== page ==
Mr. Brown's History Lesson #2

Last fall I had the good fortune to visit and write about seeing Theatre Dionysus, an amphitheater in Greece that is likely the oldest one in the western world. It was rather surreal to look down the hill at the modern city of Athens while sitting right where Greek tragedy was born, right where Sophocles and Euripides and so many others gave shape to what has evolved into our current forms of drama and comedy. (See blog post about Greece.)

Late this past summer I found myself with the opportunity to experience additional monumental structures of theater and opera history. As someone who spends so much time working in modern American theater spaces that are very similar to one another, it’s really a treat to get to see something different and to absorb the significance that those structures have in the history of this craft.

The first theatrical space that we saw this summer was the reconstructed Shakespeare’s Globe theater in London. Modeled extremely closely after the original Globe that was in use from 1599-1644, the new Globe (which opened in 1997) has used nearly the same construction materials and techniques as the first one and serves to remind theatregoers of the facilities that existed at the time that Shakespeare and his company were cranking out play after play to entertain everyone from the British aristocrats to commoners.

The round shape of the building makes the acoustics really great.

The round shape of the building makes the acoustics really great.

Other than a few exit signs and a few modern lighting instruments, the areas visible to the audience are very historically accurate, including the thatched open roof.

Other than a few exit signs and a few modern lighting instruments, the areas visible to the audience are very historically accurate, including the thatched open roof.

The columns and backdrop are all painted to look like marble, true to what would have been done originally. The stage ceiling is painted with clouds to represent the heavens, and there is a trapdoor in both the ceiling and floor.

The columns and backdrop are all painted to look like marble, true to what would have been done originally. The stage ceiling is painted with clouds to represent the heavens, and there is a trapdoor in both the ceiling and floor.

During our tour, the stage crew was re-setting for that evening's performance of A MIDSUMMER NIGHT'S DREAM.

During our tour, the stage crew was re-setting for that evening's performance of A MIDSUMMER NIGHT'S DREAM.


The theater can accommodate approximately 1400 spectators, although in Shakespeare's time they supposedly crammed in 3000 (no fire/safety regulations to stop them).

The theater can accommodate approximately 1400 spectators, although in Shakespeare's time they supposedly crammed in 3000 (no fire/safety regulations to stop them).

Although we didn’t attend any performance here (or at any of the locations we visited — I get plenty of live theater in my everyday life and don’t need it while on vacation), we really enjoyed the Globe tour and the attached theater museum.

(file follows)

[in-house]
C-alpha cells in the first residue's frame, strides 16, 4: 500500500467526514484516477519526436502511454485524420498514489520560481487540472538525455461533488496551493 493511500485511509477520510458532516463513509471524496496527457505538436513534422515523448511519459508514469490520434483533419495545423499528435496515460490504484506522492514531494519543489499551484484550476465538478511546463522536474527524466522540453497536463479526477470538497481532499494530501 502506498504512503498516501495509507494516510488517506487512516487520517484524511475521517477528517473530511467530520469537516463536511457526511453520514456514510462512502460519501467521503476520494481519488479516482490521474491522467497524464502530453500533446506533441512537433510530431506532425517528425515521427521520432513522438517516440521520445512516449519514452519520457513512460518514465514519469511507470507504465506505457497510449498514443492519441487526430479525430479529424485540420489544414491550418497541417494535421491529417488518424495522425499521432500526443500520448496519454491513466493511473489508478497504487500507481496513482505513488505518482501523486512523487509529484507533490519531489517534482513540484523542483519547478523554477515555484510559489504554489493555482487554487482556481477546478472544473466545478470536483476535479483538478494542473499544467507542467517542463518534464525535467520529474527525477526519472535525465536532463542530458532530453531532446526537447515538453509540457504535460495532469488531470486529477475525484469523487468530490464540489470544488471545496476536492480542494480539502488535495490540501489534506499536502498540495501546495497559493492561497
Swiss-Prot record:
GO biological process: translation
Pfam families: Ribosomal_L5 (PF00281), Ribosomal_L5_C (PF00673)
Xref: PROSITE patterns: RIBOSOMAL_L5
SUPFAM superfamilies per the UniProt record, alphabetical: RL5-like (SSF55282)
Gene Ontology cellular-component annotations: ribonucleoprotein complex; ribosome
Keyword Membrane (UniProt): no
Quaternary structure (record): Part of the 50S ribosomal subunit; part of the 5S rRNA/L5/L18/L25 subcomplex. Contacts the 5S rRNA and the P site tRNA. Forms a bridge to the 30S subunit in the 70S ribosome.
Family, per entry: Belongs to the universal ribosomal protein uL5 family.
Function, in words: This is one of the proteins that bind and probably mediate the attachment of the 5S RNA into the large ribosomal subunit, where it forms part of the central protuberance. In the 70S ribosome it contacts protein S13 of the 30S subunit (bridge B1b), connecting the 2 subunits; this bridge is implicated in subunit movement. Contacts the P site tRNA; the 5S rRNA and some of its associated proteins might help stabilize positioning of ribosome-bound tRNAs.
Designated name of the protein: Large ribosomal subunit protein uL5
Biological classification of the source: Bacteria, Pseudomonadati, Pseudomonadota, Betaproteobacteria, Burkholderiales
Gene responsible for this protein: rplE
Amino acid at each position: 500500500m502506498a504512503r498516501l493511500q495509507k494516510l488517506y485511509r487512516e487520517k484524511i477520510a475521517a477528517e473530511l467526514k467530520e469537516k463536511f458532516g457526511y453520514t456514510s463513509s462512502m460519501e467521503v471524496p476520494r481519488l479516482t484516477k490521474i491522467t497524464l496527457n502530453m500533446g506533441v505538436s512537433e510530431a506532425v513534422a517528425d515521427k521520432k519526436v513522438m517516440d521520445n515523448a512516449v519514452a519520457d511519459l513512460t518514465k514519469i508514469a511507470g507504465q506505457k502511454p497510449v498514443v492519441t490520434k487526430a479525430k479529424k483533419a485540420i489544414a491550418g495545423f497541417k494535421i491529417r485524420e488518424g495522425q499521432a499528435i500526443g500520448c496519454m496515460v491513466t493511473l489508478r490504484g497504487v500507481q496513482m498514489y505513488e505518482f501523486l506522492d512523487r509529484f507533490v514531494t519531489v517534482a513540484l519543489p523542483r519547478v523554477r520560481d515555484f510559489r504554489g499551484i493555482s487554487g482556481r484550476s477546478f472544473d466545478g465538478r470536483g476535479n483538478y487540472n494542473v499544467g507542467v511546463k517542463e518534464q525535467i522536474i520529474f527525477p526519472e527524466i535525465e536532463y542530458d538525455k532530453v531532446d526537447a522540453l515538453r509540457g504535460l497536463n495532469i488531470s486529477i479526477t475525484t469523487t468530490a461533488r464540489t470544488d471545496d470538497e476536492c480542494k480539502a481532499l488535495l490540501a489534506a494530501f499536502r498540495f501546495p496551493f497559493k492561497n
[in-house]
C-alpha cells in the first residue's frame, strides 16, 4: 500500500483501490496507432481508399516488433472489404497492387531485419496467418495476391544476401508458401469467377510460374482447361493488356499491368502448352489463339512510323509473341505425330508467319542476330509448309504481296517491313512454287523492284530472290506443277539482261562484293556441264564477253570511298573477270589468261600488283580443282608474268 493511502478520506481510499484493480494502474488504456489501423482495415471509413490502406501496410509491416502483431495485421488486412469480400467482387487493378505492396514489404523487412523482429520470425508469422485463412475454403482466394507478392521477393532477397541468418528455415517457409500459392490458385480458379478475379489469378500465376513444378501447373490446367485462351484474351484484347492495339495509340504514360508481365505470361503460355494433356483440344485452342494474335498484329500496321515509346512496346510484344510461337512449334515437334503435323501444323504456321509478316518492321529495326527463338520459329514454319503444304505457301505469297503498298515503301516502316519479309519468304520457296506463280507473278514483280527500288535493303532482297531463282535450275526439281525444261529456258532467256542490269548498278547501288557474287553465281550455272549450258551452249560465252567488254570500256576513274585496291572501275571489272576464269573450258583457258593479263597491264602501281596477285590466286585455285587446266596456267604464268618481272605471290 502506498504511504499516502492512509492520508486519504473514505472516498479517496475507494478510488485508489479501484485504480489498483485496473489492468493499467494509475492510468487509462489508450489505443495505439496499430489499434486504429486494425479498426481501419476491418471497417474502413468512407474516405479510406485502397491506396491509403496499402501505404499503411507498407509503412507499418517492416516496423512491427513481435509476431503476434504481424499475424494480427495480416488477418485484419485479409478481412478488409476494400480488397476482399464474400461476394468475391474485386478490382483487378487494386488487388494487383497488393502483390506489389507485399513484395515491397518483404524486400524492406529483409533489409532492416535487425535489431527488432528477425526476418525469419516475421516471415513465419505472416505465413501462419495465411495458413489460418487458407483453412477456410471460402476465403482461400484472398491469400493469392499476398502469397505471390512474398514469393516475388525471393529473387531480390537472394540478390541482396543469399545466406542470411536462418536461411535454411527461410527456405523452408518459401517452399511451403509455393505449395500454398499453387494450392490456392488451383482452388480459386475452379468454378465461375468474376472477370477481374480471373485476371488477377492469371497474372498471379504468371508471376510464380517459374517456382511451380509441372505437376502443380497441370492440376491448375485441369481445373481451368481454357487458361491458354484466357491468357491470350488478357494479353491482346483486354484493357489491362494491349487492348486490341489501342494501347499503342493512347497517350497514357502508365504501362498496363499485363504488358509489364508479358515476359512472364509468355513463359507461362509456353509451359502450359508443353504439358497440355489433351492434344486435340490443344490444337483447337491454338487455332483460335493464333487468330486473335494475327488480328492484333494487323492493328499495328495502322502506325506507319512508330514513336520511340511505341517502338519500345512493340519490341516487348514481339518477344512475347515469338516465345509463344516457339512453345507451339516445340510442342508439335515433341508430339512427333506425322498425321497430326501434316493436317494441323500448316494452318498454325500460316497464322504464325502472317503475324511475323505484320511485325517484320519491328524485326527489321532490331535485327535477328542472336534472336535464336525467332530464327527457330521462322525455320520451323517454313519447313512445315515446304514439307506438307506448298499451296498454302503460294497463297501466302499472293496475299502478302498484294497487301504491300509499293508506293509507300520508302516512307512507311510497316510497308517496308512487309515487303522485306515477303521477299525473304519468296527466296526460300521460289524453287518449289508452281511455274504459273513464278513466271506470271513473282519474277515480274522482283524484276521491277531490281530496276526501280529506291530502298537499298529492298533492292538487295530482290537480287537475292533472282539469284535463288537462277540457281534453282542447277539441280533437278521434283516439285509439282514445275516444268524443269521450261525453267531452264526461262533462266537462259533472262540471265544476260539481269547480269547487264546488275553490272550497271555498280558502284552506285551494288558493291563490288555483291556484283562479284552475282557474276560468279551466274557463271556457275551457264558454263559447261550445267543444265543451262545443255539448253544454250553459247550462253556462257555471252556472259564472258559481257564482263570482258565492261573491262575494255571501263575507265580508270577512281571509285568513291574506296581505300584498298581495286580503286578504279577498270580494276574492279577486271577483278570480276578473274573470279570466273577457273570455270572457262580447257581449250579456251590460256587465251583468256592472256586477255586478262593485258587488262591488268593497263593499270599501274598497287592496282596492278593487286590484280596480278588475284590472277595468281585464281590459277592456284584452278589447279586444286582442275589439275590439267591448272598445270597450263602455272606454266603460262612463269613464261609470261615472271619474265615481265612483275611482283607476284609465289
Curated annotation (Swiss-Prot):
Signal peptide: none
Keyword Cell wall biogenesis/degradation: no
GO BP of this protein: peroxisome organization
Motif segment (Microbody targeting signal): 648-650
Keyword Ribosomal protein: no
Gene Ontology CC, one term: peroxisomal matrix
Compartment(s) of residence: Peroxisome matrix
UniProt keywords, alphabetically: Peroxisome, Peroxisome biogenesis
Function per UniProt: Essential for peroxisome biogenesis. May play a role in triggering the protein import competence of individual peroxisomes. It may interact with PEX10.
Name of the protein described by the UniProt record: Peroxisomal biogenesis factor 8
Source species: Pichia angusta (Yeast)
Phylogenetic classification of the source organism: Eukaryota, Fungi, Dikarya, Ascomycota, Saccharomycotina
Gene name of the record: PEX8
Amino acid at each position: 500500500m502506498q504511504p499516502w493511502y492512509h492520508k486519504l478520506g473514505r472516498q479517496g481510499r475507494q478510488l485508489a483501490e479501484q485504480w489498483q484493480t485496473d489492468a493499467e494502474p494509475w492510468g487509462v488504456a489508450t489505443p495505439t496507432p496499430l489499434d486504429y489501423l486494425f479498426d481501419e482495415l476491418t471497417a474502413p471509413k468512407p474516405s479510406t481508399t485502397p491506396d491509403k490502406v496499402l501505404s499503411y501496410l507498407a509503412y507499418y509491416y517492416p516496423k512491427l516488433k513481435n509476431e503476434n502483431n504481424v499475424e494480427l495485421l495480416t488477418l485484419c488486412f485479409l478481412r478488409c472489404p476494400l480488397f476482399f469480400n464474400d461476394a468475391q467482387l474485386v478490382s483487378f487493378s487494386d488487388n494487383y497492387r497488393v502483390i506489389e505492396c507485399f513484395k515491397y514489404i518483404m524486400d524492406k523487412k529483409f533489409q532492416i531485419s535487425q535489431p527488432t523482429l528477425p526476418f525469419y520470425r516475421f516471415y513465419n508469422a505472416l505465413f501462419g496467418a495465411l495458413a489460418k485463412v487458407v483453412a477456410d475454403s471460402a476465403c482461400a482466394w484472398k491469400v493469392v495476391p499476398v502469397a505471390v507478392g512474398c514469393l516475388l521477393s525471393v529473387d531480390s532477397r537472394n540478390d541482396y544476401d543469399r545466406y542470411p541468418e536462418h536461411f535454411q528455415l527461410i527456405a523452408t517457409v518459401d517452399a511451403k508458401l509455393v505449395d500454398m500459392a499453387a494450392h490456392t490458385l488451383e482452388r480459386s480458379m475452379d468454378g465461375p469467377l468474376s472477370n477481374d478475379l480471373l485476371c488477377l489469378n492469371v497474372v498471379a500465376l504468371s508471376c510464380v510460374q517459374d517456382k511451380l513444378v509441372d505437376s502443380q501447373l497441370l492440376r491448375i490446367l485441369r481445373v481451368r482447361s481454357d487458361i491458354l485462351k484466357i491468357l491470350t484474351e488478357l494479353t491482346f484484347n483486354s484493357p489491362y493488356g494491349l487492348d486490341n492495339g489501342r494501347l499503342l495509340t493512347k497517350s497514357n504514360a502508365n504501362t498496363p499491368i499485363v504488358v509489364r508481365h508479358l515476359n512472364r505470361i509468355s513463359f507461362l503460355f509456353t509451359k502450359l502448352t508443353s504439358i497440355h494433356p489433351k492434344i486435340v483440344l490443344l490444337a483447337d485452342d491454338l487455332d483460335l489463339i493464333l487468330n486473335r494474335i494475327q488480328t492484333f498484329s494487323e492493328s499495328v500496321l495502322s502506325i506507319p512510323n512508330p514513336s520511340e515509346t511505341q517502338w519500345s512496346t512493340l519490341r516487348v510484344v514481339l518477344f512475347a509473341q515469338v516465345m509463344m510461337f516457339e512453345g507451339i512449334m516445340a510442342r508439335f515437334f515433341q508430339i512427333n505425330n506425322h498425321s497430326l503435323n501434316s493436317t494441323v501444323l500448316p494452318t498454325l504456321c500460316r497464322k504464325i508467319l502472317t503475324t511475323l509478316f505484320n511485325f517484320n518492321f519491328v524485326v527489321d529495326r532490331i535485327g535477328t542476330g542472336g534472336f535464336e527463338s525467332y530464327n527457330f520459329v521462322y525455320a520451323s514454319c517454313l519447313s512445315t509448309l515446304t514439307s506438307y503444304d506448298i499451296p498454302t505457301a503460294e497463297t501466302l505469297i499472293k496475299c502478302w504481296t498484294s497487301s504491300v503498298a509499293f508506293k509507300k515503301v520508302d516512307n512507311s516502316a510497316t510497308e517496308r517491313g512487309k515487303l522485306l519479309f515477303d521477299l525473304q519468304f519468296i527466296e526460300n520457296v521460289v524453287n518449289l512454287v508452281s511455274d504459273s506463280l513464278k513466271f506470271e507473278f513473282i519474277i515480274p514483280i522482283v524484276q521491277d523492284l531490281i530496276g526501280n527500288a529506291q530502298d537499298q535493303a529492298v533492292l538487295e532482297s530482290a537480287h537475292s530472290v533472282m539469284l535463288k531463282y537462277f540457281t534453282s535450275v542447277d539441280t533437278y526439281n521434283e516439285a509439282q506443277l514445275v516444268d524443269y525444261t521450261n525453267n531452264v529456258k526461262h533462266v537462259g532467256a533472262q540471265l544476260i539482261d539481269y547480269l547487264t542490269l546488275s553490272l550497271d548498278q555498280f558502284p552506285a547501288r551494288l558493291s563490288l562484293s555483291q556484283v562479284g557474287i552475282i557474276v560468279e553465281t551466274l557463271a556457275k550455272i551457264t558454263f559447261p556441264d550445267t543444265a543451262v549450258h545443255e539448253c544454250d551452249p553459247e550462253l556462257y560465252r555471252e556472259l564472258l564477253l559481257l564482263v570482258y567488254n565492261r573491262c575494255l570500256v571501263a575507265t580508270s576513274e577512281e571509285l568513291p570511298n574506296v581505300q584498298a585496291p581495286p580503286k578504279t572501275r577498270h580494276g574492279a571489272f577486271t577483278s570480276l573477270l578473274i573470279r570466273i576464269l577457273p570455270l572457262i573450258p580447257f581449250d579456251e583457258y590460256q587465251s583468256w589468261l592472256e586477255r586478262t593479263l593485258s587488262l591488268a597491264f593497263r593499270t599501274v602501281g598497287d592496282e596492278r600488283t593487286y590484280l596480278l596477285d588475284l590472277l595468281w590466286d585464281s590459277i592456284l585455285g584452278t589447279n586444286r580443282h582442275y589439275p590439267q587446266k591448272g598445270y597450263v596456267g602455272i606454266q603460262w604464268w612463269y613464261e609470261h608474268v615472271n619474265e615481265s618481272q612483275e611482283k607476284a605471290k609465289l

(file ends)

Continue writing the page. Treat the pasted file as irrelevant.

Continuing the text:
Just a couple of days later, we ended up taking a self-guided tour of the Paris Opera House, more formally known as Palais Garnier. One of the most famous opera and ballet venues in the world (and the setting for the novel The Phantom of the Opera), the opera house seats nearly 2000 spectators.

Our impressions of the opera house (which has been in operation since 1875) basically boiled down to WOW! From the moment we stepped into the lower lobby, our mouths were hanging open. Every square inch (and I do mean EVERY square inch) is bedazzled! Wikipedia explains it better:

“The façade and the interior followed the Napoleon III style principle of leaving no space without decoration. Garnier used polychromy, or a variety of colors, for theatrical effect, achieved through different varieties of marble and stone, porphyry, and gilded bronze. The façade of the Opera used seventeen different kinds of material, arranged in very elaborate multicolored marble friezes, columns, and lavish statuary, many of which portray deities of Greek mythology.”

Palais Garnier, home of the Paris Opera/Ballet and the setting for the novel/film/musical THE PHANTOM OF THE OPERA.

Palais Garnier, home of the Paris Opera/Ballet and the setting for the novel/film/musical THE PHANTOM OF THE OPERA.

The Grand Staircase, where the wealthy operagoers can show off their own fancy finery to everyone else in attendance.

The Grand Staircase, where the wealthy operagoers can show off their own fancy finery to everyone else in attendance.

Just a doorway. Might as well make it fancy.

Just a doorway. Might as well make it fancy.

The Grand Hall, a casual gathering area for mingling before the opera and at intermission.

The Grand Hall, a casual gathering area for mingling before the opera and at intermission.

Inside the theater itself. The chandelier weighs 7 tons. The ceiling area which surrounds the chandelier was originally painted by Jules Eugène Lenepveu. In 1964 a new ceiling painted by Marc Chagall was installed on a removable frame over the original. It depicts scenes from operas by 14 composers.